With a mixing model it is possible to predict the properties of a mix of 2-9 constituents in any ratio. Predicted parameters were EC, pH, nutrients, trace elements, water content, air content and degradability.
A growing interest in peat alternatives, notably composts, resulted in the renewed demand for a model to predict the effects of mixing potting soil constituents. Our goal was to make such a mixing model which could predict the combination of 2-9 constituents. Parameters were EC, pH, nutrients including trace elements, water content at various suction pressures, air content at saturation and degradability. The outcome of the model and the results for measurements on the actual mixtures were compared. Most modelled values came to within 5% of the measured values which is thought acceptable for practise.
The effects of interstitial filling were included, interstitial filling being the filling of pores in one material with smaller particles from another material. PH as parameter could not be predicted but could be replaced with the pH buffer measurement. Easily available water however could not be effectively predicted by the model.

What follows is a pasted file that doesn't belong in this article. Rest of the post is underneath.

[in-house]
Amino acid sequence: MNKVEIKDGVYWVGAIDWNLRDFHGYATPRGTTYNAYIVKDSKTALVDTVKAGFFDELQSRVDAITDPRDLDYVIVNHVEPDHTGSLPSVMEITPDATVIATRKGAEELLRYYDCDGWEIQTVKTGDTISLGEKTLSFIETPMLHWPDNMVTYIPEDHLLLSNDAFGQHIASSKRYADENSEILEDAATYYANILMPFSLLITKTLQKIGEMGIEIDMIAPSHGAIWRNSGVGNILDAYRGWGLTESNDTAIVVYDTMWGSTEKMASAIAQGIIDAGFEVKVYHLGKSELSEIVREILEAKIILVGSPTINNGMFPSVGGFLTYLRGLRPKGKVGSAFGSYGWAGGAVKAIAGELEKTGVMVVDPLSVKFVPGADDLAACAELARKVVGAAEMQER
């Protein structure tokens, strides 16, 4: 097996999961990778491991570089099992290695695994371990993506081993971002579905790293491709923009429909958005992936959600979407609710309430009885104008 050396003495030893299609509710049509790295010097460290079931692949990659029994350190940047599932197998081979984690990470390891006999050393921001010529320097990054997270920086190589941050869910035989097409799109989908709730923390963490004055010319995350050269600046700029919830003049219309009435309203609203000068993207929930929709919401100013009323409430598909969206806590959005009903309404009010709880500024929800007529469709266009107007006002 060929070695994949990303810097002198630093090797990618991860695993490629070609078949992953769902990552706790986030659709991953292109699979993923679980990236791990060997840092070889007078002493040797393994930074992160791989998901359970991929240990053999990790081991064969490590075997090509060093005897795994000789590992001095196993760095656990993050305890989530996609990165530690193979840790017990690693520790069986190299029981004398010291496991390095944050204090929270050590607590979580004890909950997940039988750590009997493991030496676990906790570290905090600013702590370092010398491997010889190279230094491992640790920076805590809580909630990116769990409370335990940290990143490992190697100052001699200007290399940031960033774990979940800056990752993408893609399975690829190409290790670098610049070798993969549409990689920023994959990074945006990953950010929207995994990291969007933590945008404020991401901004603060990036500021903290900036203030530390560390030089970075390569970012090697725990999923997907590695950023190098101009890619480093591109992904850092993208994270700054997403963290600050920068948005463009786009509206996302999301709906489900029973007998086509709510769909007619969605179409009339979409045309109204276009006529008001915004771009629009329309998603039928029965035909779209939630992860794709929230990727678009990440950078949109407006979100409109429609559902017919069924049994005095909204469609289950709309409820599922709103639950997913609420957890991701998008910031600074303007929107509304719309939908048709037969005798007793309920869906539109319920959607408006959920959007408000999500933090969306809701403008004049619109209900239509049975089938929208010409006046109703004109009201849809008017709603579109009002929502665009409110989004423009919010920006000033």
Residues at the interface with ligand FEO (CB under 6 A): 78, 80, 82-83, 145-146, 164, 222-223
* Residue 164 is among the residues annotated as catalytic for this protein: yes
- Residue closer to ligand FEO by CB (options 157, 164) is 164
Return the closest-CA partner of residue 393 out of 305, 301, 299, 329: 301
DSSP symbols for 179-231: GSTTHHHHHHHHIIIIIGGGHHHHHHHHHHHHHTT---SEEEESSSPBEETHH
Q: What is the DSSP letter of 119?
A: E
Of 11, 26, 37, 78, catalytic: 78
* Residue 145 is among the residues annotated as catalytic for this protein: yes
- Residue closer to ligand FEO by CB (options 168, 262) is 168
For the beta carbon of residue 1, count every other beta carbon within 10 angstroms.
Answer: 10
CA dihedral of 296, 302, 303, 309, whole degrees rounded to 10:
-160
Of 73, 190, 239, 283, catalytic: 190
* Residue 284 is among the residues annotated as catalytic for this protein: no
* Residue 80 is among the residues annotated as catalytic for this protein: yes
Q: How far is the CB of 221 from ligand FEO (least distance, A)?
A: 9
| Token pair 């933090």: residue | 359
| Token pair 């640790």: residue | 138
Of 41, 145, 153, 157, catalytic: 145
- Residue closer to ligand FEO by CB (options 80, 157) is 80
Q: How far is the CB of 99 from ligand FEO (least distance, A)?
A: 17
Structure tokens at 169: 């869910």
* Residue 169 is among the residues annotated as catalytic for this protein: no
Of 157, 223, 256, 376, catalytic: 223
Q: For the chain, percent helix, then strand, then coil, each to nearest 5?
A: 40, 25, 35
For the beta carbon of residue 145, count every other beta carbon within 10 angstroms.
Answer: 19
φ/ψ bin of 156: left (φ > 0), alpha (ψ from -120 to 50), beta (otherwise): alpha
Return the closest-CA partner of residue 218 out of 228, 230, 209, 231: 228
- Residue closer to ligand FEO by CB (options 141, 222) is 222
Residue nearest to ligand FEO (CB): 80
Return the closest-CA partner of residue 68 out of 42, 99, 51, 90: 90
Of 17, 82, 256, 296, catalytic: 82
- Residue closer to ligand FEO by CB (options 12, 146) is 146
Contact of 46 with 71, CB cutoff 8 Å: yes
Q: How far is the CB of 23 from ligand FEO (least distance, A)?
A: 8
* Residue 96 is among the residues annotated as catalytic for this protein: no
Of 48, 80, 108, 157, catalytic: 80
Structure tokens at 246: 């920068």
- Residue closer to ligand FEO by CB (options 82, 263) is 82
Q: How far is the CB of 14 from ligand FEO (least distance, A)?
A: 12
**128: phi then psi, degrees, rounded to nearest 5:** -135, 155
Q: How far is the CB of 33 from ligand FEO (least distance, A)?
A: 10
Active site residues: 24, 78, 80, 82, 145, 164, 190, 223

In addition, it proved possible to estimate how much of some additives needed to be added. The additives were lime, nitrate, fertilizers and iron chelates. Lime is administered to increase and stabilize the pH. Nitrate and iron are added to compensate the increased uptake of nitrate and iron by microorganisms. The fertiliser were added to reach the crop specific base dressing. When adding fertilisers the fertilisers already present in the substrate materials were subtracted.